“It has been an interesting time for us in connecting these dots for the patients, and recognizing that the primary goals that they have identified on the front end may not be the goals that most people would recognize as most important, but in reality they are the most important goals because they are what get these patients to move and change behavior,” says Toney.

    Guidance & encouragement help

    Working as a care coach in the Synergy program, Shelly Watts, LMHC, says that she spends a lot of her time helping patients learn to solve problems. “Pain is a factor that comes up over and over again, whether it involves rheumatoid arthritis, migraines, or whatever, and I often encounter people who used to be really active, and now they can’t be, and they are really grieving the loss of that,” she says.

    In these instances, Watts helps patients identify activities that they can do. Additionally, she may refer them to a physical therapist or another specialist for consultation, and she often works with patients on coping strategies that can help distract them from their pain. “[We focus on] anything that can improve their quality of life by either reducing their pain or finding ways to manage it,” adds Watts. Another goal that comes up frequently in her work with patients is a desire to lose weight, says Watts. “If this is not their primary goal, it is their secondary goal, and I am often asked how I can help them do that over the phone,” she says. “It is really a matter of assessing their strengths, and really trying to play up to those because a lot of people are really just discouraged, or maybe they don’t have a lot of support.”

    In many cases, Watts notes that just having someone on their side who can make suggestions and provide encouragement helps patients feel better about themselves and make progress.

    Staff collect and report data

    The Horizon BCBS Synergy program has just begun, but based on work Health Integrated has done with other clients, the average length of stay in the program is 12–18 months. However, Toney emphasizes that patients remain in the program until they have achieved the following key goals:

    1. They are adherent with their treatment plan

    2. The treatment plan is in accordance with evidence-based guidelines

    3. Behavior changes are sustained

    Health Integrated built these triggers into its information system so that care coaches receive an automatic prompt to consider discharge when patients have reached the indicated goals.

    However, Toney emphasizes that program staff continuously track many additional clinical and financial parameters including

  • symptom severity trends
  • PHQ-9 scores
  • hospital and ER utilization
  • overall medical costs
  • patient and provider satisfaction

    Health Integrated publishes these data points in quarterly or annual reports for clients to review.

    Additionally, clients receive monthly activity reports that include enrollment and discharge data.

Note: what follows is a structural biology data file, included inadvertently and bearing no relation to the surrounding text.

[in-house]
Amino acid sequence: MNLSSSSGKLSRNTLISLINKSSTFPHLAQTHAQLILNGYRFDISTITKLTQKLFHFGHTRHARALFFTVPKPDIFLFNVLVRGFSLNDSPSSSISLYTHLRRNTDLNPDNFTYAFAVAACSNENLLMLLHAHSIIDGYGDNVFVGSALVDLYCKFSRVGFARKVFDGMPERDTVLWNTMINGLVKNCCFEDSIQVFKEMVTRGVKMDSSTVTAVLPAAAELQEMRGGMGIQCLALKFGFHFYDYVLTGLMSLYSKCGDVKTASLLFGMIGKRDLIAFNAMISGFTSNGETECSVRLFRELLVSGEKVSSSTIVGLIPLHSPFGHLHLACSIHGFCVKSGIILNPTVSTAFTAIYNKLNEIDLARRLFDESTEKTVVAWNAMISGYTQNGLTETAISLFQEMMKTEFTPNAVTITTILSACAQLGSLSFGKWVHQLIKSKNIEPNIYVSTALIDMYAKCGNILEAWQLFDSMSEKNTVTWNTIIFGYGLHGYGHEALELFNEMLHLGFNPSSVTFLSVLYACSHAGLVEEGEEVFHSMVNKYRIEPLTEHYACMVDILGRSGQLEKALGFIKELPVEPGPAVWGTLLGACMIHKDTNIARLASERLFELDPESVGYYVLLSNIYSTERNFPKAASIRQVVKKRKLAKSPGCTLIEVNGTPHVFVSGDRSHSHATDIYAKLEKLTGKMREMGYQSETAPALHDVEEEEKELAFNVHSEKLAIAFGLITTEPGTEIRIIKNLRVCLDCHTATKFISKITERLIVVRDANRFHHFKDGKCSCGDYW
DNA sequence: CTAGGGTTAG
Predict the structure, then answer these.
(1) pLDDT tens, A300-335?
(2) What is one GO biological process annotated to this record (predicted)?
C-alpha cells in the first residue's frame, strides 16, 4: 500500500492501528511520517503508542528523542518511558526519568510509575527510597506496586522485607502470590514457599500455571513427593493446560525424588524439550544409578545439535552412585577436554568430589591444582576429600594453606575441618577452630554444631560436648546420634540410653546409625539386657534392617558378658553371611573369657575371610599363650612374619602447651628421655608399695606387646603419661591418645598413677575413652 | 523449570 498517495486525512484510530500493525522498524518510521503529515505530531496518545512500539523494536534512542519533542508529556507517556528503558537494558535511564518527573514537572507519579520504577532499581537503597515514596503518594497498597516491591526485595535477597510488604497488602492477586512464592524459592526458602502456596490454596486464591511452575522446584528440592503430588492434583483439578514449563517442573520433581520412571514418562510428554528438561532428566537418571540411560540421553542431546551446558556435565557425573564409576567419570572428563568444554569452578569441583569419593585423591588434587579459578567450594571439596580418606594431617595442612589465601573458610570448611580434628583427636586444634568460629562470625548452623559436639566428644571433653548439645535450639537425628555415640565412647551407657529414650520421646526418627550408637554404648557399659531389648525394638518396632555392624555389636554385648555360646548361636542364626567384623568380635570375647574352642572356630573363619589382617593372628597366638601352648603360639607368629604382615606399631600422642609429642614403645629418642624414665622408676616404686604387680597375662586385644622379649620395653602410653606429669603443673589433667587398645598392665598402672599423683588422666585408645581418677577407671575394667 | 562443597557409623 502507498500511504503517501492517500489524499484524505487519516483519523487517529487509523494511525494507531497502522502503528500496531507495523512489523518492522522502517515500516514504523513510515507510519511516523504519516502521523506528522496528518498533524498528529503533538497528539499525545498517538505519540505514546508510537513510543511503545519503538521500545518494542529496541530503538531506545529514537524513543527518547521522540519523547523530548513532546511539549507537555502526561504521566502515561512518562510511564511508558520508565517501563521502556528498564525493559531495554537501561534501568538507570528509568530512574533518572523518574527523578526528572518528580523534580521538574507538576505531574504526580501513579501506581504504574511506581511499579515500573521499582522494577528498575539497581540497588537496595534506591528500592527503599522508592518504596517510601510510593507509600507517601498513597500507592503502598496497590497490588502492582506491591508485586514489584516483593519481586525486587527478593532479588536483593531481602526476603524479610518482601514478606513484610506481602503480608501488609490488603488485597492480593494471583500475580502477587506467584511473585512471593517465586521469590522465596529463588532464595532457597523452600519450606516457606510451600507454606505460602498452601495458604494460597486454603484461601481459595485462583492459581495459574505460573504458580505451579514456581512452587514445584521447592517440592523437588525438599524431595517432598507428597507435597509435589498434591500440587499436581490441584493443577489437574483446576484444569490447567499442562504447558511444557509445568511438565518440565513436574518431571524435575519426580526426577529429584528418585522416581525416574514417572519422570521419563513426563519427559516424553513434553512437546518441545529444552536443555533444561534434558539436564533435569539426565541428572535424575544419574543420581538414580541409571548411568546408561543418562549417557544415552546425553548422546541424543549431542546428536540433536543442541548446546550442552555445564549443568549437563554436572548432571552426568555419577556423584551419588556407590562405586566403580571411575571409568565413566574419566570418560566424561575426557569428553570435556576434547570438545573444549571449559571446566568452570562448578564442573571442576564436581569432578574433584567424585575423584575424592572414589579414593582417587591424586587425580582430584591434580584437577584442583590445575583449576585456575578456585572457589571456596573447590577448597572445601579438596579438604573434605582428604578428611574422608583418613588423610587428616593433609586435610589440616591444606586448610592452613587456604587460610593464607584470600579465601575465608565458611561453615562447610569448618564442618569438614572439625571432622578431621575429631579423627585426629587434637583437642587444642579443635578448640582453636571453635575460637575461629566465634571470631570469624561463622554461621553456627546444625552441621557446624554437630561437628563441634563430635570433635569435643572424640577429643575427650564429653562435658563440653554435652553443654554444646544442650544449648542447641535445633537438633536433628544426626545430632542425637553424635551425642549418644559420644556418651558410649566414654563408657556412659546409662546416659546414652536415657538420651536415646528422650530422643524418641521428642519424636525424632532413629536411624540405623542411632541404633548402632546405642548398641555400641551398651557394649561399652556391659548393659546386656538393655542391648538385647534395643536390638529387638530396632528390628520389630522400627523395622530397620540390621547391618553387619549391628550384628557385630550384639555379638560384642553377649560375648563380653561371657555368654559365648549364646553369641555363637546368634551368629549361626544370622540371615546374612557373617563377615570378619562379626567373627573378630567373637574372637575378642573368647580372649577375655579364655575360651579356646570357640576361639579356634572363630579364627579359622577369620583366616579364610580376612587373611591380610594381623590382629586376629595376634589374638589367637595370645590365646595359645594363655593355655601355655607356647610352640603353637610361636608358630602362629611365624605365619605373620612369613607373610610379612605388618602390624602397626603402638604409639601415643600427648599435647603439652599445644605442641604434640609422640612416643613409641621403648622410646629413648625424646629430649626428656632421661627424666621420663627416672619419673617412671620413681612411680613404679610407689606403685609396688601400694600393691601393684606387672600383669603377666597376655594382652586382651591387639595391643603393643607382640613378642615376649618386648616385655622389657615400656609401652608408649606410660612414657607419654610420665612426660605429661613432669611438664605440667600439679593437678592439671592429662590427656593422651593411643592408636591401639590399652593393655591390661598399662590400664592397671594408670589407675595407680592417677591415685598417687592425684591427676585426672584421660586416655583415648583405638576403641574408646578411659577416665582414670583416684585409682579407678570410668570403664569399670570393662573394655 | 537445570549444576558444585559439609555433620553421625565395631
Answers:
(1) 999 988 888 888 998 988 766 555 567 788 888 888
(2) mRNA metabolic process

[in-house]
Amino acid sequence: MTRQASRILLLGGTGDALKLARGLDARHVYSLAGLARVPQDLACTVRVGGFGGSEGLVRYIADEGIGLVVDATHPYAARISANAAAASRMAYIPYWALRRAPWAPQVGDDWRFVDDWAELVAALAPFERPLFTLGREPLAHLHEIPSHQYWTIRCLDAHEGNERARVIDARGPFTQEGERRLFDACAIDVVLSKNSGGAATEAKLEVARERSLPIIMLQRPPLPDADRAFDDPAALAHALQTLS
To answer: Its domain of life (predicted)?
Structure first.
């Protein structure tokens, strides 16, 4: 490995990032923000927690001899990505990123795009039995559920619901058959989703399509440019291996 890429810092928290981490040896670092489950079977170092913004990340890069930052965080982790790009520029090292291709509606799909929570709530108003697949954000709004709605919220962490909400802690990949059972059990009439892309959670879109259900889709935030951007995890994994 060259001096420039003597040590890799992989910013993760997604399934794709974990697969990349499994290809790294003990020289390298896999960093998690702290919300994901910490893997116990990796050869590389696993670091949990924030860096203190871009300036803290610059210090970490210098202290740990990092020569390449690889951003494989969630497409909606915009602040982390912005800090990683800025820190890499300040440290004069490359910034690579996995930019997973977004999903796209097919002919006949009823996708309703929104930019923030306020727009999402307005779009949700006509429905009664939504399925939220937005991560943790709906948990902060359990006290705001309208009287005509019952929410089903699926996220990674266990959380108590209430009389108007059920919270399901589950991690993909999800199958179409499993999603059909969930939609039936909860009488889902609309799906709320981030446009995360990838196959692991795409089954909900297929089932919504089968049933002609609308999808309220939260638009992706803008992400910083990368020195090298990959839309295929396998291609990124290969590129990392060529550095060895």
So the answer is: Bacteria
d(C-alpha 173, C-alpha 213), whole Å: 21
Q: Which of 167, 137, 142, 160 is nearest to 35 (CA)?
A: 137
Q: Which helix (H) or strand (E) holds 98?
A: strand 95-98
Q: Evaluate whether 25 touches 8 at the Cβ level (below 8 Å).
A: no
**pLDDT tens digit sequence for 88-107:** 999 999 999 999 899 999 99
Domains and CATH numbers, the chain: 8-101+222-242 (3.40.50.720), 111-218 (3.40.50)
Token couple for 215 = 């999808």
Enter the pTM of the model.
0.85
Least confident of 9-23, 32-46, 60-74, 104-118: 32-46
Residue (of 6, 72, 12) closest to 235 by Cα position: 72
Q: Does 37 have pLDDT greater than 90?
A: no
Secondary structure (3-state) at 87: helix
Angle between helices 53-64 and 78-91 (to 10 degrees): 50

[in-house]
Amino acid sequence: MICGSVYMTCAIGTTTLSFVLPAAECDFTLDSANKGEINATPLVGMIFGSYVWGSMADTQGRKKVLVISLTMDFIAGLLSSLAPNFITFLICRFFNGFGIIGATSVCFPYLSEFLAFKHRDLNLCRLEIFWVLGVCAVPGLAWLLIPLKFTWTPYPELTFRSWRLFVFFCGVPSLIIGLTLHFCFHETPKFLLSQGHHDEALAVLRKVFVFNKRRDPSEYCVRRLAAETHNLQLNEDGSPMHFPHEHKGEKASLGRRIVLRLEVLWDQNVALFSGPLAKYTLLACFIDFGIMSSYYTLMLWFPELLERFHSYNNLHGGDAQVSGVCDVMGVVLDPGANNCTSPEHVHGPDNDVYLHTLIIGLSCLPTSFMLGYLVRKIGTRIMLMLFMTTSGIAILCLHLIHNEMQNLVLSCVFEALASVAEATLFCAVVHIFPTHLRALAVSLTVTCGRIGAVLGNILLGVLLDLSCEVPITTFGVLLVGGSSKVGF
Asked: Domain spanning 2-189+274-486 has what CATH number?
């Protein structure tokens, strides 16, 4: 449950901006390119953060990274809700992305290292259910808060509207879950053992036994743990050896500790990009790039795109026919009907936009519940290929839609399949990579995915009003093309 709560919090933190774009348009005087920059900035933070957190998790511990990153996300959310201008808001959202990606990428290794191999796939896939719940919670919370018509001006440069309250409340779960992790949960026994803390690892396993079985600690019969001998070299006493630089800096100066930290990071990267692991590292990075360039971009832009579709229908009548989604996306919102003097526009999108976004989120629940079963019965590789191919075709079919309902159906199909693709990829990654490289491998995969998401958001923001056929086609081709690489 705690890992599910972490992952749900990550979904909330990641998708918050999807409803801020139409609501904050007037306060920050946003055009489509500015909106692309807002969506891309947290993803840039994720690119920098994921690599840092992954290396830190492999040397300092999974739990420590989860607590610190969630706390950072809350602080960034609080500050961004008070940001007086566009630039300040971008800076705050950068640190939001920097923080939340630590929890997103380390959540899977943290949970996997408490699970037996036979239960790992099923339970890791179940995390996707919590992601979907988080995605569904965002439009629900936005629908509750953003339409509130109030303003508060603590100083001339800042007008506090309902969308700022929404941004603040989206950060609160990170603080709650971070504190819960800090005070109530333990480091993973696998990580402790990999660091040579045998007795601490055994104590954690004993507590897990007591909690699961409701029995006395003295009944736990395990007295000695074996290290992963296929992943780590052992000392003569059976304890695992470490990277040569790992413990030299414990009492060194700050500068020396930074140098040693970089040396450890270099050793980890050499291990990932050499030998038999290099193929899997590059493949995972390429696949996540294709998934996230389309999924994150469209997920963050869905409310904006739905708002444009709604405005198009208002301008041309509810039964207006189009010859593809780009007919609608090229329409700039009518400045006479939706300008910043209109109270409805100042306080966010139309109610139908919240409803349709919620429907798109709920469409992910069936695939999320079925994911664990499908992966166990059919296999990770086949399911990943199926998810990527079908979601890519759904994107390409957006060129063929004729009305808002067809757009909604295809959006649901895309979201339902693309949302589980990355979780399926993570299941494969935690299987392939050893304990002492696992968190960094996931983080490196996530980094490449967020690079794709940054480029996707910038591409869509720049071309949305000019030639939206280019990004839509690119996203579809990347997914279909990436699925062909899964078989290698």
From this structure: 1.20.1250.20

Early results show promise

    Based on studies looking at earlier implementations of the program, Toney anticipates positive results with Horizon BCBS as well.

    “We have managed close to 18,000 patients through this program,” he explains, noting that the first iteration, unveiled two years ago, focused exclusively on depression. “We realized early on that with effective management of depression, we see a significant offset on the medical side.”

    In one early study of the impact of the program on a cohort of 1,100 people, for example, Toney says the program was associated with a 20% decrease in hospital admissions, and an 18.3% decrease in annual, per-member medical costs.

    “[These results] are the primary reason why we decided to move this program and evolve it into a more comprehensive, global, med-psyche or medical-behavioral initiative,” he says.

    One reason for the program’s success may be related to the extent to which PCPs have accepted the intervention.

    “I would have expected some resistance from the physicians, but they are pleased that there is someone who is going to be working with their patient, and collaboratively with them as well,” says Binder.

    Toney believes this acceptance is partly because many physicians refer their patients to behavioral health specialists, but the patients are reluctant to follow up on those referrals. “Consequently, we become like extenders to that PCP from a specialty perspective, and it has been very positive and very well received,” he says.

    Going forward, Toney envisions further refinement of the approach, with the possible inclusion of additional disease states, and there are also initiatives in place to enable Web-based outreach to patients. “We are looking at both the expansion of the clinical scope as well as the technological scope.”

    Editor’s note: For more information about Health Integrated or its Synergy program, visit the organization’s Web site at www.healthintegrated.com.